Page 37

“Two hundred.” She held out her hand, snapping her fingers. I gave her another bill. The money was nothing to me.

Smiling, she held the door wide. “Welcome to House of Pleasure. Ignore the sounds. Pleasuring happens all night.”

I was sure it did. Her skirts dusted the floor as she led us to the back of the two-level house. She looked to be the daughter of the woman I’d rented from before. The looks were similar enough with her dark hair and eyes, and curvaceous body. She glanced back more than once at me, and her eyes just flickered over Norm. She gave him a wink and grunted, but wisely he kept his mouth shut.

The room she opened was small, barely ten feet by ten feet, and there was a single rickety bed pushed up under the window that was maybe big enough to get my head out if I wanted to suddenly leave. Of course, that was probably part of the reason it was so small. Having people skip out without paying the bill was probably an issue. I shook my head as Norm flopped so hard onto the bed it groaned like a dying beast. “Must be well made,” I muttered.

“American right? I thought so with the money.” the woman asked, speaking clear, if heavily accented, English.

I turned and faced her. “You could say that.”

“All these Americans lately. You a scientist like the others?” Her eyes glittered with barely disguised greed. I went along with the story.

“Yes, I am a companion of theirs. But I would like to find out what the locals are saying about the earthquakes that are happening. Do you have old . . . stories that might explain them?” What I’d learned in my travels in the human world was that there was always a connection between the humans’ stories and the world of magic. Often they didn’t even realize what it was they saw, but they still explained it quite well. Usually, anyway.

She grinned at me, showing a perfect set of white teeth. “What is it worth to you?”

“Another fifty,” I bargained, knowing it was expected of me.

“No, what is it worth to you?” She slid a hand over my shoulder and down my arm, making it perfectly clear what she wanted.

“Not that.” I shut the door, which pushed her out. The last thing I saw was her eyes widen and then narrow rapidly.

She rapped a knuckle on it. “For seventy-five we will just talk.”

I waited a moment and then she buckled. “Fine, fifty then. Just talking.”

I opened the door. She wasn’t unattractive, with her long cascading hair and sensuous body. But not only was she a human, which in and of itself was considered taboo. Not to mention I didn’t have eyes for anyone who wasn’t Lark. I’d waited my whole life to truly find the one I was meant for. There was no way I would ruin that relationship with some ridiculous fling, no matter how curvy the body was.

She beckoned with a hand toward the front of the building. I looked back at Norm, who was already passed out on the bed, snoring deeply despite only lying down moments before. I wondered if it was something to do with his head injury.

I followed the woman to the front of the building to a table and set of chairs.

“Come, have a drink. A little spice to add to a boring conversation.” She poured me a shot of something that was so heavy with alcohol I could smell it across the room. I took the cup anyway and threw it back, forcing myself not to gasp as the burn lit up my throat and belly. Rotgut . . . the word came to mind rather suddenly and I knew that this was what that was. Didn’t matter what she called it, I could feel it eating away at my belly already.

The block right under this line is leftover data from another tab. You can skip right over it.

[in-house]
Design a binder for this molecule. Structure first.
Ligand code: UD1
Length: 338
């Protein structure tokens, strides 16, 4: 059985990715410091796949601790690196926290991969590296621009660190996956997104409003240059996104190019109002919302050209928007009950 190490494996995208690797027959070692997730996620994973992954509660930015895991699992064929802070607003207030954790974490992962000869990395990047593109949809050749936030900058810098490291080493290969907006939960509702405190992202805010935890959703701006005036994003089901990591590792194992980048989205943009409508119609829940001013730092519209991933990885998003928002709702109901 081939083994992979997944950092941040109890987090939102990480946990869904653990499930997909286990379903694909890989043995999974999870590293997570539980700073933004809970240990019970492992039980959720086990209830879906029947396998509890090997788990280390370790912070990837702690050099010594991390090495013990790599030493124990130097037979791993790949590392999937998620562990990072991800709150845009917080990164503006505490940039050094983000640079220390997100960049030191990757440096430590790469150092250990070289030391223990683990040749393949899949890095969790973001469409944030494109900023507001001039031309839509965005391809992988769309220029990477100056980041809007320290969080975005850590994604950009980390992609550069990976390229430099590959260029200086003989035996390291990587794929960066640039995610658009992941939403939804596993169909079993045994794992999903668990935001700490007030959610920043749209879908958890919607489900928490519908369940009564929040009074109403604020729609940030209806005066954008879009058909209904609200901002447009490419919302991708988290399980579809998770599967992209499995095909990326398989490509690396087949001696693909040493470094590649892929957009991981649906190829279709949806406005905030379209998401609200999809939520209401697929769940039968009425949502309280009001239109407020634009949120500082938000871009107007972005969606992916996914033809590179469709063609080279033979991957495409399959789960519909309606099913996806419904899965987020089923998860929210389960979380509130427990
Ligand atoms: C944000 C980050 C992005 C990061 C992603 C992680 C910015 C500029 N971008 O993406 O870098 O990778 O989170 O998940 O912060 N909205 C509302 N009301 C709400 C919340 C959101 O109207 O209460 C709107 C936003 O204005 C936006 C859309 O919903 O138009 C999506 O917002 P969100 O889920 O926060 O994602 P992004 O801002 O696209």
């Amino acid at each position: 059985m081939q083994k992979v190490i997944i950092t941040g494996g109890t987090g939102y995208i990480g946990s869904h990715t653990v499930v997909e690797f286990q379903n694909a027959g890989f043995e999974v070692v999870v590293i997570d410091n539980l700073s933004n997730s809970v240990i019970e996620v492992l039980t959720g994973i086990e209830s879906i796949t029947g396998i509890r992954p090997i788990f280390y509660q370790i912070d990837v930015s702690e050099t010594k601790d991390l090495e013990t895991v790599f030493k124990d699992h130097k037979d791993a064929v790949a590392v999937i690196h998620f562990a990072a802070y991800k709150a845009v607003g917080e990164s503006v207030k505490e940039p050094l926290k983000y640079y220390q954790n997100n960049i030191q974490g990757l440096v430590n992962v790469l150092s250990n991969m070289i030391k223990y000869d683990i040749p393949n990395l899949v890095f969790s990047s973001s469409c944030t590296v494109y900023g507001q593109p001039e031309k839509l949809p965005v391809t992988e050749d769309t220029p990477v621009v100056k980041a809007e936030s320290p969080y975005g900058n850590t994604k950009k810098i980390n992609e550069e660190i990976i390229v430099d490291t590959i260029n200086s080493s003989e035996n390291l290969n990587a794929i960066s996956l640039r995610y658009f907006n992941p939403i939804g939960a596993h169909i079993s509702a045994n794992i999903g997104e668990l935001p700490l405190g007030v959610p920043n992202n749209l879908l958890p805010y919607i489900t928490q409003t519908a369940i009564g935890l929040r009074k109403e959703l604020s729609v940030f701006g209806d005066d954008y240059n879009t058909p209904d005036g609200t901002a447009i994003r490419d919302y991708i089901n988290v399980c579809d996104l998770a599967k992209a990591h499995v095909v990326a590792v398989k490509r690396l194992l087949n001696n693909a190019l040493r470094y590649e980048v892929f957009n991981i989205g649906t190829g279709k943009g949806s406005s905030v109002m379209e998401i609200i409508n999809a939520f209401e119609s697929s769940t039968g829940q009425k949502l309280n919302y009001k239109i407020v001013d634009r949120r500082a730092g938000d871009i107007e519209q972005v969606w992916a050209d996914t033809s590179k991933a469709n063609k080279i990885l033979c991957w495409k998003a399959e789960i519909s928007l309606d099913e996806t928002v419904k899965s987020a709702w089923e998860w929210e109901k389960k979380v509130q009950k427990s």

“Tell me about the earthquakes,” I said. “What are the locals saying is causing them?”

She smiled and winked at me, her eyes bright. “You are smarter than the other scientists, I think. They believe they will find a new fault line, I heard them talking. But that is not the source of the rumblings.” She poured herself a glass and sipped at it slowly, cupping it between her hands and staring into it like the answers she sought were hidden at the bottom.

“Tell me,” I repeated.

A sigh slid from her. “There is a mountain range not far from here, one that is haunted. It has been haunted for years, and that is what the scientists do not understand. That the ghosts of the past clamor to be heard. They want us to free them from their torture,” she whispered, and a tear gathered in the corner of one eye. She dashed it away. “There is nothing we can do, not that I know of. But it is there that the witches dance, drawing on the power of the dead, and that is the cause of the rumblings of the earth.”

Now we were getting somewhere. “Witches? You believe in witches?”

Her eyes were deadly serious. “You do not?”

I wasn’t about to tell her that yes, indeed, I believed in witches. The last thing I needed was for her to get further into my world. “What else do you know about these witches?”

She swirled her glass and then downed the entire thing. “That they are not good witches. They will cause the ground to shake in their anger for being cast out. They seek vengeance, justice for wrongs done to them.”

I blinked several times. “What do you mean?”

With a roll of her eyes, she poured herself another drink. I put my hand over mine, stopping her from giving me more.

“What I mean is that when a child comes of age to follow their bloodlines into the craft, the family casts them out. That is the tradition. And they are raised by the other witches and trained in the darkest of arts. That is why they hate. Because they learn it from one generation to the next. There is a saying that there will be a final witch from this land that will stop the hate. But I do not see it happening.” She shook her head sadly as if the weight of the world was on her.

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